Dog Flu Outbreak is on the Rise: Beware These 6 Symptoms

What is Canine Flu?

The dog flu, or Canine Influenza Virus (CIV H3N2 or H3N8), is a highly contagious infection caused by an influenza virus and is transmitted by aerosolized respiratory secretions - think coughing and sneezing.

 

Causes: How Does A Dog Get The Flu? 

Dog Influenza can also be transmitted between dogs via contaminated objects such as food and water bowls, collars, leashes, toys, bedding, and through nose-to-nose contact between dogs.

 

The virus is able to live on surfaces for up to 48 hours, on clothing for 24 hours and on hard surfaces for up to 12 hours.

 

What Dogs Are At Risk Of The Flu?

Dogs that are most susceptible to infection are those that spend a good deal of time around other dogs during boarding, day care or play time at the dog park.

 

Dog Flu Symptoms:  "Most infected dogs have mild clinical symptoms and it can be very hard to distinguish from other forms of canine infectious respiratory disease complex (CIED), a common type of kennel cough," says Carrie Helovich, DVM.  So if your dog shows any of these symptoms, visit your veterinarian so they can test to confirm whether or not your dog has Canine Influenza H3N2.

 

Flu Symptoms:

  1. Persistent cough

  2.  Nasal discharge - not just your dog's normal wet nose

  3.  Fever

  4. Eye discharge - look for goopy, mucus-like discharge or a noticeable increase if your dog normally has eye discharge

  5.  Reduced appetite

  6.  Reduced activity, lethargy

It is important to recognize the symptoms of dog flu so you can seek treatment for your pet quickly.

 

Treating Dog Flu:  The flu needs to run its course (15-30 days for mild cases).  Treatment for Canine Flu is mostly supportive: fluids, rest and cough medicine prescribed by your vet.  (Please do not give human meds to dogs.)  Very severe cases require hospitalization or more intensive therapies.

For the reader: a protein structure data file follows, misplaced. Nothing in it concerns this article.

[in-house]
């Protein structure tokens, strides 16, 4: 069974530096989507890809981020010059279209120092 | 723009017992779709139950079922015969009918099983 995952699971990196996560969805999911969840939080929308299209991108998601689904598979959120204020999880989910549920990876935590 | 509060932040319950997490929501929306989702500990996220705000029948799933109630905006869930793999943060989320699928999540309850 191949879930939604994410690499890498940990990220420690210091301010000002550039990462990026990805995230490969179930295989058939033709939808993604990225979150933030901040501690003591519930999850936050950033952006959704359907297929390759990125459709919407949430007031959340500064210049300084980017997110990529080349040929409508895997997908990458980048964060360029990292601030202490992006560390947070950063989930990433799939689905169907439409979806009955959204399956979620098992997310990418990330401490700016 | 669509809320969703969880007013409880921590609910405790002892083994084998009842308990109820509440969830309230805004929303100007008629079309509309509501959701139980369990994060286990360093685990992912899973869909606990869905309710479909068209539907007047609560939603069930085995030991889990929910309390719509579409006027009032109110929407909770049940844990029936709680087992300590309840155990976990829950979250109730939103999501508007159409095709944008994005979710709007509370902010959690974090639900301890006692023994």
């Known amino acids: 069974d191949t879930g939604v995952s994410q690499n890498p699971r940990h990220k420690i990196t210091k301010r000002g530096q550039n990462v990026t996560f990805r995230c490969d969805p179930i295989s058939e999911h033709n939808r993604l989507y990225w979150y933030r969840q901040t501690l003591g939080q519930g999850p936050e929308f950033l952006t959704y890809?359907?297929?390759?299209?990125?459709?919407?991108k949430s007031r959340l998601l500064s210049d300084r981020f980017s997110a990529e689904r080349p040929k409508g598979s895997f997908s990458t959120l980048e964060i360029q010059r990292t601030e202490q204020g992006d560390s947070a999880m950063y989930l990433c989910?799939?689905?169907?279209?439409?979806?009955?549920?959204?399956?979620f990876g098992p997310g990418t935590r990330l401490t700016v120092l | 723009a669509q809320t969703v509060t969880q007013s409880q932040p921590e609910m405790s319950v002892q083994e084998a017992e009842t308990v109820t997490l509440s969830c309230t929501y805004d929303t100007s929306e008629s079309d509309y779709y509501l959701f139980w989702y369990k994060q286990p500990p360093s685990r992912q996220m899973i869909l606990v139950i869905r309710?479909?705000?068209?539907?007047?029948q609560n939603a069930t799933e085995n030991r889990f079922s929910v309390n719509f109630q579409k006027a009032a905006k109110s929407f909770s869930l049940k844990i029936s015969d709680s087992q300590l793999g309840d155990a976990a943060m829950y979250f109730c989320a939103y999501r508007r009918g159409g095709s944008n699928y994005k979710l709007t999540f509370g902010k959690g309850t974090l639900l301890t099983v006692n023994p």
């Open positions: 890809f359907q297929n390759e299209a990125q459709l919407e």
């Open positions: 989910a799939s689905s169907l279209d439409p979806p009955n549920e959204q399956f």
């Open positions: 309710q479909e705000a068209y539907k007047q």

Preventing Dog Flu: You may notice warning signs about the canine flu popping up at doggie daycares, boarding facilities, dog parks, veterinarian's offices and even dog-friendly businesses.  And for good reason: prevention is the best care

 

Here's what you can do to help keep you pup from catching the bug and control the outbreak:

  • Stay home!  Don't you get annoyed when someone shows up to work hacking and sneezing all over the place?  The same applies here: if your pooch is showing symptoms of dog flu, or has been diagnosed with canine influenza, keep them home and away from other dogs until they're well.  For the time being, you may want to limit your dog's contact with other canines and avoid places where canine flue has been reported.

  • Speak up!  If you absolutely must bring your dog to daycare or a boarding facility, ask if they've had any cases of dog flu and what they're doing to prevent it from spreading.  And visit you vet a few weeks prior to travel to determine whether the vaccine is a good option.

  • Wash your paws!  If you can't help petting every dog you see, wash up well before you spread the love - and the virus - to your own dog.

Talk to your vet about the best option for you and your pup, especially if they spend a lot of time around other dogs.

 

 

 

 

 

 

 

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